On January 4, 2002, Phil E. Blount, a moderately obese man who suffered from mental illness and a variety of other maladies, vomited and requested medical assistance for over seven hours while incarcerated at the Greene County Jail. Despite the obvious seriousness of Blount’s condition and his repeated requests for medical assistance, jail guards Christopher Gray, David Wanner and Michael Johnson did nothing. Instead, they attributed Blount’s vomiting to his having ingested shampoo some hours earlier. Blount died early the next day; an autopsy revealed that his death was due to a heart attack.
Blount’s sister, Susan Vaughn, filed suit against the guards alleging violations of Blount’s Eighth Amendment rights. The district court denied qualified immunity and the defendants appealed.
On appeal, the guards did not dispute that they were aware of Blount’s vomiting or his requests for medical assistance. Rather, they asserted that their failure to act did not constitute deliberate indifference because they thought Blount’s vomiting was caused by his ingestion of shampoo and not some other, more serious condition.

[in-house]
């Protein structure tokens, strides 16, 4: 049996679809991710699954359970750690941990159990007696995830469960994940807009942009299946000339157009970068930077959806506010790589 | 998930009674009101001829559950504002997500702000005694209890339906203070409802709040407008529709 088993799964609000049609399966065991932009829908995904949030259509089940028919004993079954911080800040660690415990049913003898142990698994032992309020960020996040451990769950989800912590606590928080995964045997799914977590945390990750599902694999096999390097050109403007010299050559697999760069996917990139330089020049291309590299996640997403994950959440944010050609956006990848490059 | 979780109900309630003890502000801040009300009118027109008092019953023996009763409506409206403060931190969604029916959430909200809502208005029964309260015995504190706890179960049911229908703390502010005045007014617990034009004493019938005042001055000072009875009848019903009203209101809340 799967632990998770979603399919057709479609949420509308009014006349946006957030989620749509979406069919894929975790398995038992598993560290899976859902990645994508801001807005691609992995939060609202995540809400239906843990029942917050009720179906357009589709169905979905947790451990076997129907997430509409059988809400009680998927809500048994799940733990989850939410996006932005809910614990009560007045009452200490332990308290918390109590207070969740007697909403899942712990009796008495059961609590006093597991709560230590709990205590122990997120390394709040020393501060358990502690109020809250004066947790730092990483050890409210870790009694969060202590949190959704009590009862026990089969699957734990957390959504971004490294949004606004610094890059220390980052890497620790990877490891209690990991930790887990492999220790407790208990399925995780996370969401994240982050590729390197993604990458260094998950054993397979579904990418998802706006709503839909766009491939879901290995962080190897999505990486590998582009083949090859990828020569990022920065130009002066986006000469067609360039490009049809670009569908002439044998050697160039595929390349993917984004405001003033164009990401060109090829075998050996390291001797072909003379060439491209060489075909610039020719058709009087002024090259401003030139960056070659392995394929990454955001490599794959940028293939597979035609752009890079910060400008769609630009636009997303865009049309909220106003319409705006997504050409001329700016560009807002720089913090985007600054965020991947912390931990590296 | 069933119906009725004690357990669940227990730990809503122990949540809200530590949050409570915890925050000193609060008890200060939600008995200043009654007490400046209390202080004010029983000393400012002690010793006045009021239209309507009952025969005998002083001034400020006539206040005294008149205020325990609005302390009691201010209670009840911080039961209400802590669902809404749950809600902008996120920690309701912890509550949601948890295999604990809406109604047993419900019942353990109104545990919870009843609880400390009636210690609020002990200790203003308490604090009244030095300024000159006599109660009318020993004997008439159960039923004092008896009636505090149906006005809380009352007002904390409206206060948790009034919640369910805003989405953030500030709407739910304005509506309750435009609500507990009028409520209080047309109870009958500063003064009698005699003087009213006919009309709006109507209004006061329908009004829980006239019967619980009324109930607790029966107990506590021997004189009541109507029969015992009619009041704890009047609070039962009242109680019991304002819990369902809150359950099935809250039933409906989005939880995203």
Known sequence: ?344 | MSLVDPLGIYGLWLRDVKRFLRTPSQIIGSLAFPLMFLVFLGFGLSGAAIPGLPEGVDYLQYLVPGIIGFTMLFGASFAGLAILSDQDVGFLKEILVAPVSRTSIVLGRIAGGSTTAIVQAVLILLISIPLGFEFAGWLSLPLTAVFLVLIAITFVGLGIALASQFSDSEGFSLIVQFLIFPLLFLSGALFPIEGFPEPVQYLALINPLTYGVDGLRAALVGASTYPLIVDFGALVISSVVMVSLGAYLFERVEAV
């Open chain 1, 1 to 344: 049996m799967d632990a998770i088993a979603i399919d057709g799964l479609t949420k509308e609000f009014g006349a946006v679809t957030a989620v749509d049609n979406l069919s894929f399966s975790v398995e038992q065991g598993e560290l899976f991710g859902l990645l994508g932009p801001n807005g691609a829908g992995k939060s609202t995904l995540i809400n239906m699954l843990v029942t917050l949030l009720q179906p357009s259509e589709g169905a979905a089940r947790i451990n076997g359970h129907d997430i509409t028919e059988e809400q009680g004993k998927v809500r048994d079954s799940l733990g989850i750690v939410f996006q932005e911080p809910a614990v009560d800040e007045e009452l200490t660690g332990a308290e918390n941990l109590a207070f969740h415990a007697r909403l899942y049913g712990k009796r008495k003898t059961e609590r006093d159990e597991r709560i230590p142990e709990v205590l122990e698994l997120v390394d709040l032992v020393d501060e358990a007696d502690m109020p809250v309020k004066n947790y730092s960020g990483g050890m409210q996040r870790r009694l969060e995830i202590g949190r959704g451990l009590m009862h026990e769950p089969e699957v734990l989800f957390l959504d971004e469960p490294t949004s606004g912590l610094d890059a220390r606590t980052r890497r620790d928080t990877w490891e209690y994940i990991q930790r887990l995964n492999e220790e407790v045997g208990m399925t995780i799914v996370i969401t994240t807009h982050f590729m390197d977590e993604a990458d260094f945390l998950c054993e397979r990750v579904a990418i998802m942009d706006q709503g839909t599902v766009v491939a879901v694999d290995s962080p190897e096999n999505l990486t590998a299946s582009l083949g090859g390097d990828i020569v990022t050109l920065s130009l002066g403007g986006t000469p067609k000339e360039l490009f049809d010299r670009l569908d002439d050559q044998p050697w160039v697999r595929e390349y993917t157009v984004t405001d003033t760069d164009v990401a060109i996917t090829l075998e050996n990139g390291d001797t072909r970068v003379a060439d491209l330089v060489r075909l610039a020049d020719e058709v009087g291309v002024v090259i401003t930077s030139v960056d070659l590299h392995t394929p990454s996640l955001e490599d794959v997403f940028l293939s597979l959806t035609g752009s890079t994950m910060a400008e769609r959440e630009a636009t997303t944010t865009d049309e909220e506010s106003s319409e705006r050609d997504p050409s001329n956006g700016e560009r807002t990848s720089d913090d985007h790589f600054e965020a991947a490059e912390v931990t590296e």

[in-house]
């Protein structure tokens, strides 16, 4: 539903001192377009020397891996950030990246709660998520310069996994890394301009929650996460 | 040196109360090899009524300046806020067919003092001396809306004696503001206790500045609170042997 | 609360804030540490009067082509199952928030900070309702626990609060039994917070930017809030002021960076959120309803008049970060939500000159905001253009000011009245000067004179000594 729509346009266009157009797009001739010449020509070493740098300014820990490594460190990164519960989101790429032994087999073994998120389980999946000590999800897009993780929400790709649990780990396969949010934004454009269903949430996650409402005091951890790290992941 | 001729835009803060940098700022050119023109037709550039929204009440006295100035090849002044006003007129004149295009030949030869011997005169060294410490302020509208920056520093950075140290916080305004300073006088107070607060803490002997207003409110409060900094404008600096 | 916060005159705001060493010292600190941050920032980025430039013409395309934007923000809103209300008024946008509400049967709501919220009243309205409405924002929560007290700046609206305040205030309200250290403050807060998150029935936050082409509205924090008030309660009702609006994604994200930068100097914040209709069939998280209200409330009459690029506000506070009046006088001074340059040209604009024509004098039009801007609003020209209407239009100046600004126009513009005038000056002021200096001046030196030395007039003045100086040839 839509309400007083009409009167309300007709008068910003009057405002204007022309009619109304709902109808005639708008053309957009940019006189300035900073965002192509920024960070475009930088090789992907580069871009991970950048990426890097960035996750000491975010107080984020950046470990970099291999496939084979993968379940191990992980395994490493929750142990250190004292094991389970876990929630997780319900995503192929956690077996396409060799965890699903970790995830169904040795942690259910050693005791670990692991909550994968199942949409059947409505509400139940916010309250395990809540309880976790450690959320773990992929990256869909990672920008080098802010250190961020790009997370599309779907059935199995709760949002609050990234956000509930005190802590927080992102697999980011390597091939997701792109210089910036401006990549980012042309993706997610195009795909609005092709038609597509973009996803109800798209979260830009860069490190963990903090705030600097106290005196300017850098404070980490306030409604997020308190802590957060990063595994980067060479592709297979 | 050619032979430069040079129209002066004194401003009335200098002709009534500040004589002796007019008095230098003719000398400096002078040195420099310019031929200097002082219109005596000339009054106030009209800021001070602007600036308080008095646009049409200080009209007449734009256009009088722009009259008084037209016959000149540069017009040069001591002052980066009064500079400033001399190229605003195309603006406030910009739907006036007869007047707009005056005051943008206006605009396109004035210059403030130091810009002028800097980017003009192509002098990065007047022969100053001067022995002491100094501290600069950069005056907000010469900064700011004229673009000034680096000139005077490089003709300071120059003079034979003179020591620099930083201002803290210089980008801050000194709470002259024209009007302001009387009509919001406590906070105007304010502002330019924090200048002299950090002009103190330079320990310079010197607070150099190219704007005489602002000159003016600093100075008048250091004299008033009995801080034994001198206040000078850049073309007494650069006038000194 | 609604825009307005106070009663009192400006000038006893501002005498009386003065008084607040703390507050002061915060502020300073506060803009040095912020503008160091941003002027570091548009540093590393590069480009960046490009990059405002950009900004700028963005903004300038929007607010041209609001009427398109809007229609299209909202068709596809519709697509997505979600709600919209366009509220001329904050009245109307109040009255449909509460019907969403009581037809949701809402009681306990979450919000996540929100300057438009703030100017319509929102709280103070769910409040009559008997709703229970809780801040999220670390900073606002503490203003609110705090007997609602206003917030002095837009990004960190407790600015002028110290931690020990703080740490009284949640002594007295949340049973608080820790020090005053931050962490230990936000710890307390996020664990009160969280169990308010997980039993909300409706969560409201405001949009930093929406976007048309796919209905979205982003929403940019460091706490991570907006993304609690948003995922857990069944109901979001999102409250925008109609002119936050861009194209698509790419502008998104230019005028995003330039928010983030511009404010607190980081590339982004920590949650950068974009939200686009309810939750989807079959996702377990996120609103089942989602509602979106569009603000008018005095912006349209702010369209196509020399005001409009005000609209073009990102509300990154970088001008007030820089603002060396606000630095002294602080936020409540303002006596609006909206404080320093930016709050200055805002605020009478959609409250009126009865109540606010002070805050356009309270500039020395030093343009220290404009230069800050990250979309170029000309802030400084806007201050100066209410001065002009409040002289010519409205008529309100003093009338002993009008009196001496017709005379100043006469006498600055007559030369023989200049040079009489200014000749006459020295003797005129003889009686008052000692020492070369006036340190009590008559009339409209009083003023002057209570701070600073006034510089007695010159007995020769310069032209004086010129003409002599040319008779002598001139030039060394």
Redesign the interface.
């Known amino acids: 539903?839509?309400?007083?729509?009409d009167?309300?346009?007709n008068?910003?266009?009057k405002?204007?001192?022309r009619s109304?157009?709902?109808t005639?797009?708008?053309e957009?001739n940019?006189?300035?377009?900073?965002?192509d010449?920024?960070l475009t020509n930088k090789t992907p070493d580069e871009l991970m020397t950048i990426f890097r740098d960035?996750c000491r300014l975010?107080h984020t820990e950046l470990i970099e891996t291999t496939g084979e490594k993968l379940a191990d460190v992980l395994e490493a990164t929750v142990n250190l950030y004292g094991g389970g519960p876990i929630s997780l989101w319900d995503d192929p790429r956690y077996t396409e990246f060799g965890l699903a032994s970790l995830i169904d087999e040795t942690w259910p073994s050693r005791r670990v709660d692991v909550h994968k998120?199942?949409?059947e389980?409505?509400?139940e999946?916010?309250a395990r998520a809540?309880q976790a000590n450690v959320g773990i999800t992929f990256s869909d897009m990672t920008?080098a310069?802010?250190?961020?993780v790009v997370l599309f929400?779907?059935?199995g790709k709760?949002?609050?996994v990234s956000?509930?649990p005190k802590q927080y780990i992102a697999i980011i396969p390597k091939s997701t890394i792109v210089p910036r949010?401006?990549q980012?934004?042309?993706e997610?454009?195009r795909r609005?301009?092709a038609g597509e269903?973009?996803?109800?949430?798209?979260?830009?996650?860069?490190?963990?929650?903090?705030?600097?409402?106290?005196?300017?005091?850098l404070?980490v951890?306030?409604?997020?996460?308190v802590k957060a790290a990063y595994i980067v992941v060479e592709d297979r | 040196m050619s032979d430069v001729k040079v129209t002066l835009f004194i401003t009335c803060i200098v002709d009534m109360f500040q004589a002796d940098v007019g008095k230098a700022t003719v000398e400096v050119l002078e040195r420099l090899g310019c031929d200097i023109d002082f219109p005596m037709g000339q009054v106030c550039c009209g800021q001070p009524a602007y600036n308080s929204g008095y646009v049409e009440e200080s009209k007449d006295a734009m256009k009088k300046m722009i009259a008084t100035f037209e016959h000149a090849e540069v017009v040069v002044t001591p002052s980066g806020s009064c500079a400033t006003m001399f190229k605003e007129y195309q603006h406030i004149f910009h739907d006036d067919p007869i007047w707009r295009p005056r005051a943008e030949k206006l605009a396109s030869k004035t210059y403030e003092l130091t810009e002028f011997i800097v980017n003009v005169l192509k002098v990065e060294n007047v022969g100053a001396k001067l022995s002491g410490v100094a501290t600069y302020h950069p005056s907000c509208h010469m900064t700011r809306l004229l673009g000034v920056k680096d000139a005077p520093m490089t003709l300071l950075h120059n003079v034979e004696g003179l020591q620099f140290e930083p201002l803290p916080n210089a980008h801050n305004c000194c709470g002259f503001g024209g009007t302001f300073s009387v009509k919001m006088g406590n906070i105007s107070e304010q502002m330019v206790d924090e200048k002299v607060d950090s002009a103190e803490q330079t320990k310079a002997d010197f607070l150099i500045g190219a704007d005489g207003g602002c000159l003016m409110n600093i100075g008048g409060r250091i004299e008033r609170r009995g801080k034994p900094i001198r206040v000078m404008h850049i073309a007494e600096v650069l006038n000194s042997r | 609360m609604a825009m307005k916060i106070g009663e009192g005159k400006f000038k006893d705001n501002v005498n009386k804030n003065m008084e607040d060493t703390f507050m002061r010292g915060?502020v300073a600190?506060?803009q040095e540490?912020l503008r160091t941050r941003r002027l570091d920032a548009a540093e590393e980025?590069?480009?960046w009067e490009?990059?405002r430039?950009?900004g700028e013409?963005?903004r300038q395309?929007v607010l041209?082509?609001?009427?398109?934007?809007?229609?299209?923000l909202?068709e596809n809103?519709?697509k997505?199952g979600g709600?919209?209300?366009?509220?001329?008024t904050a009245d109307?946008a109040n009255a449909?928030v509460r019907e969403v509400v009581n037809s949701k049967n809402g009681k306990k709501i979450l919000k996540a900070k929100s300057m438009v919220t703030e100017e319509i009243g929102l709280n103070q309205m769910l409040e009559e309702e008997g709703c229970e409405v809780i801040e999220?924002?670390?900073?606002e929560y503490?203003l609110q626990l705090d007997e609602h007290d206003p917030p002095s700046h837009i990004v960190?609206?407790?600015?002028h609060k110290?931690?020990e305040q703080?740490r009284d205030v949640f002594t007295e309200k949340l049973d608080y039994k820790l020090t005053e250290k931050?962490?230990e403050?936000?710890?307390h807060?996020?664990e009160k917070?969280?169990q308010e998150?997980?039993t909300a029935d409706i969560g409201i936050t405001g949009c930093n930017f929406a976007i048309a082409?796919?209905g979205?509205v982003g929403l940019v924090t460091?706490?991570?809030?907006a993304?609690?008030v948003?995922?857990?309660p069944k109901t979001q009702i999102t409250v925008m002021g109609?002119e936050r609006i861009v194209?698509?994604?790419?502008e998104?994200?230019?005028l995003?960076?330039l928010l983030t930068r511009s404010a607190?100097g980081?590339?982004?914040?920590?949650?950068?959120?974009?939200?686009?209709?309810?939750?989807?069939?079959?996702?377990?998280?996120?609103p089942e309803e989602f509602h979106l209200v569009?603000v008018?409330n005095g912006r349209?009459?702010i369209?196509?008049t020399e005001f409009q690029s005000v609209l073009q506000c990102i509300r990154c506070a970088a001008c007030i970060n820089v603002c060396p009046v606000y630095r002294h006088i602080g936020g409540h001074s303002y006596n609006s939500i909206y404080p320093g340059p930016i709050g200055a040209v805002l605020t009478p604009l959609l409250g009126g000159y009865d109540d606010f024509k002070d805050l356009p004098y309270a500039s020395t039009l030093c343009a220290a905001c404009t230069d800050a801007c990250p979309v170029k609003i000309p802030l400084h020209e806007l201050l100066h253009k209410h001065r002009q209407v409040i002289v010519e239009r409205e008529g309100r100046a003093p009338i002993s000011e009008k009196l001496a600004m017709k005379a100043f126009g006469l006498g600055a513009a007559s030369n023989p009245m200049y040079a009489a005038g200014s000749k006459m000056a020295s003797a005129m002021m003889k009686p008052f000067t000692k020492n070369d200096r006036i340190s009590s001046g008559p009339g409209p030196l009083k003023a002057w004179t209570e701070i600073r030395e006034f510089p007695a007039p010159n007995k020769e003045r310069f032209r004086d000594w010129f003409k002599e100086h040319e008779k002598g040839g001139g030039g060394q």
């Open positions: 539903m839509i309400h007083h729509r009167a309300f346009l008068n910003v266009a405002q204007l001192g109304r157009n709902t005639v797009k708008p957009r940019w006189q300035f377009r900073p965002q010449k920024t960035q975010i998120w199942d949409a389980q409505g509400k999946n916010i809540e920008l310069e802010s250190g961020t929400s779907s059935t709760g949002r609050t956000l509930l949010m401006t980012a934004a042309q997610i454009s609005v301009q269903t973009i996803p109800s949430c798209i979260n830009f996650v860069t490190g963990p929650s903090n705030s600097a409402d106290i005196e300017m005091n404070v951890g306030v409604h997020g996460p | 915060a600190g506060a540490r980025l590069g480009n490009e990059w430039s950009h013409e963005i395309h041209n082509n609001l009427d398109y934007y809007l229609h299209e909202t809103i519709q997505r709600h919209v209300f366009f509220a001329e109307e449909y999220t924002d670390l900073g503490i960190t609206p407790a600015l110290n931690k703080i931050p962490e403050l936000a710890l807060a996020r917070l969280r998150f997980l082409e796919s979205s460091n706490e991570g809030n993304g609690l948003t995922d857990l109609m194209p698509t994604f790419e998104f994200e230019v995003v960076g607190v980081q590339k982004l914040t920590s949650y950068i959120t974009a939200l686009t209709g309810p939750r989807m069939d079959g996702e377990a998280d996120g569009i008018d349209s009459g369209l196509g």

Recognizing that “an official’s failure to alleviate a significant risk that he should have perceived but did not” does not violate the Eighth Amendment, the Eighth Circuit still found that “a reasonable jury could determine that [the guards] were actually aware that Blount needed medical attention, but simply chose to do nothing about it.” The guards’ “self-serving contention that they did not have the requisite knowledge does not provide an automatic bar to liability in light of the objective evidence to the contrary,” the Court of Appeals wrote.
The district court’s denial of qualified immunity was therefore affirmed, and the case was remanded for further proceedings. See: Vaughn v. Gray, 557 F.3d 904 (8th Cir. 2009).
According to attorney Lawrence W. Jackson, who represented Blount’s family, following remand the case settled for $62,500, which included attorney fees.
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Related legal case
Vaughn v. Gray
|Cite||557 F.3d 904 (8th Cir. 2009)|
|Level||Court of Appeals|